Legal custody options include sole legal custody and joint legal custody.

Physical custody refers to where the child will live most of the time. A court could award joint physical custody, or shared custody.

There are several potential 50/50 joint custody arrangements. Some families will select alternate weeks, while others will alternate, but also insert a midweek visit with the parent who does not have custody that week.

Another option is referred to as the 2-2-3 rotation.

With this schedule, the child will reside with one parent for two days, then the other parent for two days, and then spend three days with the first parent, rotating this by week.

At times, a parent will seek sole physical and legal custody. This is often the case where the other parent has been absent throughout the child’s life, has a mental illness, substance abuse problem, history of violence, or other circumstances exist that would make joint custody a poor choice.

A judge could allow the non-custodial parent some form of visitation with the child.

4.) Gather Documentation to Support Your Case

 Your documentary evidence should support the custody arrangement you seek. Relevant documentary evidence will vary by case.

For parents seeking sole custody, evidence that could support this request includes police reports demonstrating dangerous behaviors, phone records showing a lack of contact with the absent parent, and a visitation log depicting the parent’s failure to spend time with the child.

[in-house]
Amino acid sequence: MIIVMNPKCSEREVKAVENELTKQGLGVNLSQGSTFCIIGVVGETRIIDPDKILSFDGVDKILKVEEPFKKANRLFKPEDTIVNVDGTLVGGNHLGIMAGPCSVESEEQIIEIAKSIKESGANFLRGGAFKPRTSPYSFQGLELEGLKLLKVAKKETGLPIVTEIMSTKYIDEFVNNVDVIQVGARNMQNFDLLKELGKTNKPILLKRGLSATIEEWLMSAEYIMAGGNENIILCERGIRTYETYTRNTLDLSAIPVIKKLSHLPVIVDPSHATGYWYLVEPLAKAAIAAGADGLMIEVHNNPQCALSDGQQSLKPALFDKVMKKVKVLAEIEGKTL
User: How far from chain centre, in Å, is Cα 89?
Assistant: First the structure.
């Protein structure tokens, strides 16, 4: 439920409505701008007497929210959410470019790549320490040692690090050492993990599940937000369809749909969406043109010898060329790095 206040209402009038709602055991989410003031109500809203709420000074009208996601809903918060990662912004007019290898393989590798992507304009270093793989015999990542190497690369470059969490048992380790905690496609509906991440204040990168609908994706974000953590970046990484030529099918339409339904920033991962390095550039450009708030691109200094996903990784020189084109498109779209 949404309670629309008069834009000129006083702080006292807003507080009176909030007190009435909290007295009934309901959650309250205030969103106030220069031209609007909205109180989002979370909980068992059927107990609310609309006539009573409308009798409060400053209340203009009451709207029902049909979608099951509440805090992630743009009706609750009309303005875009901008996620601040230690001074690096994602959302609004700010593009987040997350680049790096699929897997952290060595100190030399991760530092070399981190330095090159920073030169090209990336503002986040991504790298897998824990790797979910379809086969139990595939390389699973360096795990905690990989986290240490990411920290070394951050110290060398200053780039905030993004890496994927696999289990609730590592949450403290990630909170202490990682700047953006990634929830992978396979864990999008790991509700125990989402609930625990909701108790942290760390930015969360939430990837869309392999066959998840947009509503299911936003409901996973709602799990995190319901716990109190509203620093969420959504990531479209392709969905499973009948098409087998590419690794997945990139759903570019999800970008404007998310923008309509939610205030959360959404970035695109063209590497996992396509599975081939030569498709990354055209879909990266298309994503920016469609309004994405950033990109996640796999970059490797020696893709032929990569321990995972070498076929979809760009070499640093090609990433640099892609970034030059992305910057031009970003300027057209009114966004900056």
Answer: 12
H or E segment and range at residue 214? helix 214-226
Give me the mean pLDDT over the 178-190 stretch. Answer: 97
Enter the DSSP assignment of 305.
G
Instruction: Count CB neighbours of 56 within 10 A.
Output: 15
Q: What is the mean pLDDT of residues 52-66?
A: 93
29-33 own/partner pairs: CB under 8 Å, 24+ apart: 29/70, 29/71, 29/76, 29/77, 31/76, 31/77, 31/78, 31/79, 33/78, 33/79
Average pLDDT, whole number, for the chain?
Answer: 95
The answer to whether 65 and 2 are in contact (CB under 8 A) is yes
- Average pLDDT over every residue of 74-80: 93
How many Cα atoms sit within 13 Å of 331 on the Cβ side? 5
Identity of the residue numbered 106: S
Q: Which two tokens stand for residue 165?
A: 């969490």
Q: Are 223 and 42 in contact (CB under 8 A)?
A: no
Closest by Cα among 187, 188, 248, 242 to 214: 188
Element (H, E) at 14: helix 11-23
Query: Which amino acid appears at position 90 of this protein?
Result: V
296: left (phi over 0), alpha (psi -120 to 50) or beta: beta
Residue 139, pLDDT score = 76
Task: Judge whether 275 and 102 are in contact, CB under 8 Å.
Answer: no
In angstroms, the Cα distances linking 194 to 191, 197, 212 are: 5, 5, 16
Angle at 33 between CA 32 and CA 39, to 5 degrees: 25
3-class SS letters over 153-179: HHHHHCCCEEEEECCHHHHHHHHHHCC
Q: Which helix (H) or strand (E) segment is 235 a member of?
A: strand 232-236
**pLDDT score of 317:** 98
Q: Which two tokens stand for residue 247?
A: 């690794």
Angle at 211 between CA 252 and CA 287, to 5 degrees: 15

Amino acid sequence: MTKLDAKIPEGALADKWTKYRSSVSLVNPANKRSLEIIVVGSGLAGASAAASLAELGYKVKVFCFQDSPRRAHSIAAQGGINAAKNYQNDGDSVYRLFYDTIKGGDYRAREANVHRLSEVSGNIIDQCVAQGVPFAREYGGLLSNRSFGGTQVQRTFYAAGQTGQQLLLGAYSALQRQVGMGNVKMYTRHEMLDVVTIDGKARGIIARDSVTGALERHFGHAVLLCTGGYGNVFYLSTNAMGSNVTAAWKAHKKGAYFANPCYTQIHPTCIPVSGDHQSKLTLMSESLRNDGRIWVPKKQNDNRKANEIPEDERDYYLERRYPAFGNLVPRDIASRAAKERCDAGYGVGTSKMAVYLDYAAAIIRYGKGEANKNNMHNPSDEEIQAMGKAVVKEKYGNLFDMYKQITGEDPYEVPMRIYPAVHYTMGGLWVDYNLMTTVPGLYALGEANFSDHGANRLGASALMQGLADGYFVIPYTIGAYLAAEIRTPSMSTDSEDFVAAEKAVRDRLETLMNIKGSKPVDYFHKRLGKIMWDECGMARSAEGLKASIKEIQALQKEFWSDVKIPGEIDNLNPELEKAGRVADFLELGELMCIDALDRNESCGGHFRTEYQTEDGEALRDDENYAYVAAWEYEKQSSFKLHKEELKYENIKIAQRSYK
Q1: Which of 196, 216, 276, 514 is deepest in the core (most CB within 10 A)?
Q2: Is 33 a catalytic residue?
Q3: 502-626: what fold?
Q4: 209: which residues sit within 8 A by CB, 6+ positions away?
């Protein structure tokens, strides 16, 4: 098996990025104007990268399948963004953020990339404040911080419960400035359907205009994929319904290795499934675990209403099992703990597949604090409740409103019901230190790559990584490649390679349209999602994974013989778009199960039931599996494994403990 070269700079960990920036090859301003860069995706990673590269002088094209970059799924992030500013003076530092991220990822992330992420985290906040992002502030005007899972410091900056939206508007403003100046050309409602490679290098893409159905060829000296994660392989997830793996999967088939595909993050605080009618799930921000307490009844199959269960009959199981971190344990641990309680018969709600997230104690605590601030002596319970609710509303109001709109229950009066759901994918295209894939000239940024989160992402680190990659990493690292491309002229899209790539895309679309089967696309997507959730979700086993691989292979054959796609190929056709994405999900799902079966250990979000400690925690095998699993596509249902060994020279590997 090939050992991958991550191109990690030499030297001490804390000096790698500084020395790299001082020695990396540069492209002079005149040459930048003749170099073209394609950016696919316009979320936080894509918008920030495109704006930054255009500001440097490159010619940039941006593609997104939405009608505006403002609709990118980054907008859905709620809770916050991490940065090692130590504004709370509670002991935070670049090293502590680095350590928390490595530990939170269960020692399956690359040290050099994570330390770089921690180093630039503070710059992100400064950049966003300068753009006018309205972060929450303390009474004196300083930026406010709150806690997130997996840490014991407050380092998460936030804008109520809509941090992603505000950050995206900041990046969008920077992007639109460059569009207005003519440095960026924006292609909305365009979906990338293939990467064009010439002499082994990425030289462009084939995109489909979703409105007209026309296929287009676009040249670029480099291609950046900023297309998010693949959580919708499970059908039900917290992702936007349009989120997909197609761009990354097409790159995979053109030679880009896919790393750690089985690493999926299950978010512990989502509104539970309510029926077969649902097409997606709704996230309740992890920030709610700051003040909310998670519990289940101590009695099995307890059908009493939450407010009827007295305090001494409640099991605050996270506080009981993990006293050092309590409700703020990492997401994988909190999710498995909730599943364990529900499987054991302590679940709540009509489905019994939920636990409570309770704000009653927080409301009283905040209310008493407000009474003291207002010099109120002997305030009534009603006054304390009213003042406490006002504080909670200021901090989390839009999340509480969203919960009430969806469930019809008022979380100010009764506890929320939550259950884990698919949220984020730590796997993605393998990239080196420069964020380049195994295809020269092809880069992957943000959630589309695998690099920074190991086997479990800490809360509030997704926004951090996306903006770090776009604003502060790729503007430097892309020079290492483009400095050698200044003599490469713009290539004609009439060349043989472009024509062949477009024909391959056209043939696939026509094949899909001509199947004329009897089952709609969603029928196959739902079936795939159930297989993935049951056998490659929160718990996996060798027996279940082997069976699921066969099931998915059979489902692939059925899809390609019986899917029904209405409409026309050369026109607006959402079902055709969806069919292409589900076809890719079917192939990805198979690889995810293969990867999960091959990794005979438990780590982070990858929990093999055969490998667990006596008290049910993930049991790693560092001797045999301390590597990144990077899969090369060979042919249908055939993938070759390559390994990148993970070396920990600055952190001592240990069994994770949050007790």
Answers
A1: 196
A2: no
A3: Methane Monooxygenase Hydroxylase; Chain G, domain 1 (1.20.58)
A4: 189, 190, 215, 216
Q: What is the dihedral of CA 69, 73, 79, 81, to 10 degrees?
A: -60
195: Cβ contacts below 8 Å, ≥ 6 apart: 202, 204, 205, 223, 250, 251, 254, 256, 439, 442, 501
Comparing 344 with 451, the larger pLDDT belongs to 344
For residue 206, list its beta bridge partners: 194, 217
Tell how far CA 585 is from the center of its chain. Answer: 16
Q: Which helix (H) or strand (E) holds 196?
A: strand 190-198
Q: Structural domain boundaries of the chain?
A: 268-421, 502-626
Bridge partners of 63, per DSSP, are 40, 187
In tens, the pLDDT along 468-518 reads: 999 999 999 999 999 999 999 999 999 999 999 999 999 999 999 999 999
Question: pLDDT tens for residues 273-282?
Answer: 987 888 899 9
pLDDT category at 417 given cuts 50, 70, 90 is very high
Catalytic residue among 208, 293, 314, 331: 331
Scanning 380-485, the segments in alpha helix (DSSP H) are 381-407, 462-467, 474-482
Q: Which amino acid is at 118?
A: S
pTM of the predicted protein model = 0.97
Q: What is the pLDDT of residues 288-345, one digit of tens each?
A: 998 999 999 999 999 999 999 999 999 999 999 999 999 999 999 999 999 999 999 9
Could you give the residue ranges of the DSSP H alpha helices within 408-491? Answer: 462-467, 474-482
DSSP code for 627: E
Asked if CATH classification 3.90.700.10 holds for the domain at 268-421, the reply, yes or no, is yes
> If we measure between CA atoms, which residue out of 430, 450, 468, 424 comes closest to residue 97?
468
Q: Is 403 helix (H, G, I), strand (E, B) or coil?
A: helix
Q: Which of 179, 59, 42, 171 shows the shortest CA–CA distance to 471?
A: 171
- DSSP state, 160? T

Other documents that could be of use in a custody hearing include your child’s records.

Consider bringing your child’s report cards, doctor’s reports, and written statements from teachers, coaches, or relatives that support your strong relationship with your child.

Bring a copy of your child’s weekly schedule and a map print out showing the distance between your house and the other parent’s home.

All of these documents can aid the court in determining what custody arrangement is going to be in the best interests of your child.  

5.) Prepare Your Testimony

 At the child custody hearing, you will have the opportunity to be heard before the judge.

Your attorney will help you to prepare your testimony in advance so that you feel comfortable in the courtroom and understand basic courtroom etiquette.

During the hearing, the judge will likely pursue several lines of inquiry.

He or she will likely probe you on what type of custody arrangement you seek.

You will be asked about your financial situation, your relationship and communication with the other parent, and much more.

You will want to answer the judge’s questions fully and honestly. Be sure to address any concerns you may have with a proposed custody arrangement.

If you do not understand a question or need more time to answer, let the court know.

Your testimony is your time to convey your desires to the court. As such, present yourself calmly and impart the points that you have prepared in advance.

The more you learn about child custody laws in your region and the better you prepare for the custody hearing, the greater your chances of a smooth hearing and successful outcome.

For more information about child custody laws and hearings in your state, contact a licensed child custody attorney in your area.

About the Author

Mitchell Cohen, a graduate of New York Law School has been practicing law in Arizona since October 1982. Limiting his practice to all aspects of Family Law, Mr. Cohen is licensed to practice in all Arizona Courts as well as the U.S. Court of Appeals and the Supreme Court of the United States. Mitch is intimately aware of both the financial and emotional issues associated with divorce, custody and support issues. His demonstrated ability to represent his clients aggressively yet compassionately has gained him the respect of clients, judges and opposing counsel.